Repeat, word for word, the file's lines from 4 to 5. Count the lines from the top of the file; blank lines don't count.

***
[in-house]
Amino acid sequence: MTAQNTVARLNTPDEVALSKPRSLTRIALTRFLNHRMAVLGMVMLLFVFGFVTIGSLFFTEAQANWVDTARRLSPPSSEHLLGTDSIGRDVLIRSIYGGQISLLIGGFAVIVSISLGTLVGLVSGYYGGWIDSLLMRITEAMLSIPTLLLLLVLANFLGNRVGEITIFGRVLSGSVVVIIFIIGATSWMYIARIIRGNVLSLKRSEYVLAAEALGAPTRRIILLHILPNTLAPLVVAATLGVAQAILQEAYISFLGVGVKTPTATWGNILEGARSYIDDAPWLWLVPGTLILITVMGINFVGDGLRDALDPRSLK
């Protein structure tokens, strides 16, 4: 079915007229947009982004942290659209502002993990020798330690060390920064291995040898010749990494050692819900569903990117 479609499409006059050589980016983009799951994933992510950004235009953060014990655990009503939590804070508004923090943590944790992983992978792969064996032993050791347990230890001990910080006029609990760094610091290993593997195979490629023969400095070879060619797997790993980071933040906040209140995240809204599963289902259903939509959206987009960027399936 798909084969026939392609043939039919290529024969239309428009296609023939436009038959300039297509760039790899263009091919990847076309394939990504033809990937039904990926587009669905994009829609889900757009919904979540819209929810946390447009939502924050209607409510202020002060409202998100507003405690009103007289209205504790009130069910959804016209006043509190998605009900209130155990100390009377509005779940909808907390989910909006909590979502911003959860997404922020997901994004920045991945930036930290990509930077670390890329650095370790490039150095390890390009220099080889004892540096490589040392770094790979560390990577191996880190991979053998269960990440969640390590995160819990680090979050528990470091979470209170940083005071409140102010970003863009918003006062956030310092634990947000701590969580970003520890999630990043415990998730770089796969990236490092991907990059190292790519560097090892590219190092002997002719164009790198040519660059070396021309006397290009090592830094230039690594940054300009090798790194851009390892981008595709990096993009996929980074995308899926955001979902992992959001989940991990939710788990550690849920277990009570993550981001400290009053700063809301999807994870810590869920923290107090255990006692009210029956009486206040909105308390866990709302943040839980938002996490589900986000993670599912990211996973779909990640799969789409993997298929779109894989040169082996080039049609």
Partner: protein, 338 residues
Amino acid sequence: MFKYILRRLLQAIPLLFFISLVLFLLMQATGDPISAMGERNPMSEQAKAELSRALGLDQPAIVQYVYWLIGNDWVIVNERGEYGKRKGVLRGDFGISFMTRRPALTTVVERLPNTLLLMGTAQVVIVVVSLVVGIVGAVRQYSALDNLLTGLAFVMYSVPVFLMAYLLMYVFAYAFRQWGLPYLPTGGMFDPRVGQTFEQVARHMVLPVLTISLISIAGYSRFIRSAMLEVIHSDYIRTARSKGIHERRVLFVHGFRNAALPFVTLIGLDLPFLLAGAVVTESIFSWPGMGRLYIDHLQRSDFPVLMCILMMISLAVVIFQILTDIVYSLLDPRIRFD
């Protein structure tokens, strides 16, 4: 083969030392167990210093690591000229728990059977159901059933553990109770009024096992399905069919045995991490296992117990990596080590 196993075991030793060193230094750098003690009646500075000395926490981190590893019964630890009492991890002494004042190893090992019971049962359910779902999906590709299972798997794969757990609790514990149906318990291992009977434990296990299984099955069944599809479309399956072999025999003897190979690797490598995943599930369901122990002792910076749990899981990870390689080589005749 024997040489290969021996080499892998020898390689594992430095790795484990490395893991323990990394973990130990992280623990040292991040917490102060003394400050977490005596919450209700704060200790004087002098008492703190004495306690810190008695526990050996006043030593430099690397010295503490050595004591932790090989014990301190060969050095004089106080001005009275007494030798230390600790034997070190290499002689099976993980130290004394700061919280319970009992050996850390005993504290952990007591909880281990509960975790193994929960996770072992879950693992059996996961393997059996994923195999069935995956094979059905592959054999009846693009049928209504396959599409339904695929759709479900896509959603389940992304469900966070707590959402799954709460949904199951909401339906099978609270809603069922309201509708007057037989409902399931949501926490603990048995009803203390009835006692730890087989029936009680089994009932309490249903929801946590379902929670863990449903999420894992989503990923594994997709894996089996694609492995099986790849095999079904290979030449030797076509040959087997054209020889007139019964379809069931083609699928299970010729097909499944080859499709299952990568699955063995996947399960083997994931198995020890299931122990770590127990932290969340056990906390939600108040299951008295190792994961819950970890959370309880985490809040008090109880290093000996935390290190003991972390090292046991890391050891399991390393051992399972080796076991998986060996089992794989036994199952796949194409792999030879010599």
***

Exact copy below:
Partner: protein, 338 residues
Amino acid sequence: MFKYILRRLLQAIPLLFFISLVLFLLMQATGDPISAMGERNPMSEQAKAELSRALGLDQPAIVQYVYWLIGNDWVIVNERGEYGKRKGVLRGDFGISFMTRRPALTTVVERLPNTLLLMGTAQVVIVVVSLVVGIVGAVRQYSALDNLLTGLAFVMYSVPVFLMAYLLMYVFAYAFRQWGLPYLPTGGMFDPRVGQTFEQVARHMVLPVLTISLISIAGYSRFIRSAMLEVIHSDYIRTARSKGIHERRVLFVHGFRNAALPFVTLIGLDLPFLLAGAVVTESIFSWPGMGRLYIDHLQRSDFPVLMCILMMISLAVVIFQILTDIVYSLLDPRIRFD